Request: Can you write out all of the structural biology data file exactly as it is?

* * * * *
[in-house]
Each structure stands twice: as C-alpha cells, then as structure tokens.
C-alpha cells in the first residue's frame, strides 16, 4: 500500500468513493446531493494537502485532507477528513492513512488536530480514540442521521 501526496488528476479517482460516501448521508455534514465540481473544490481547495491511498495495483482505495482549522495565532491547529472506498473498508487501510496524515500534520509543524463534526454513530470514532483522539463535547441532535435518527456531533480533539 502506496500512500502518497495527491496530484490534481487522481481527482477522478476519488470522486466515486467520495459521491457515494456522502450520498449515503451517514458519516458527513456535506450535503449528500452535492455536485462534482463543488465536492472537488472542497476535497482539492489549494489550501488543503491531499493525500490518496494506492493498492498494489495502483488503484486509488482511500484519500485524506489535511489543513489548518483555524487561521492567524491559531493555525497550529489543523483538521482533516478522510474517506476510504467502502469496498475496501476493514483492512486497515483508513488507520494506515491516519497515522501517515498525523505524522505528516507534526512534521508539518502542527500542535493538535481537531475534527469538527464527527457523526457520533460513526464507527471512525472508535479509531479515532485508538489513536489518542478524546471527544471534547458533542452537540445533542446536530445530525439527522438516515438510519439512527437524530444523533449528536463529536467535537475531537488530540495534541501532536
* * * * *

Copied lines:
[in-house]
Each structure stands twice: as C-alpha cells, then as structure tokens.
C-alpha cells in the first residue's frame, strides 16, 4: 500500500468513493446531493494537502485532507477528513492513512488536530480514540442521521 501526496488528476479517482460516501448521508455534514465540481473544490481547495491511498495495483482505495482549522495565532491547529472506498473498508487501510496524515500534520509543524463534526454513530470514532483522539463535547441532535435518527456531533480533539 502506496500512500502518497495527491496530484490534481487522481481527482477522478476519488470522486466515486467520495459521491457515494456522502450520498449515503451517514458519516458527513456535506450535503449528500452535492455536485462534482463543488465536492472537488472542497476535497482539492489549494489550501488543503491531499493525500490518496494506492493498492498494489495502483488503484486509488482511500484519500485524506489535511489543513489548518483555524487561521492567524491559531493555525497550529489543523483538521482533516478522510474517506476510504467502502469496498475496501476493514483492512486497515483508513488507520494506515491516519497515522501517515498525523505524522505528516507534526512534521508539518502542527500542535493538535481537531475534527469538527464527527457523526457520533460513526464507527471512525472508535479509531479515532485508538489513536489518542478524546471527544471534547458533542452537540445533542446536530445530525439527522438516515438510519439512527437524530444523533449528536463529536467535537475531537488530540495534541501532536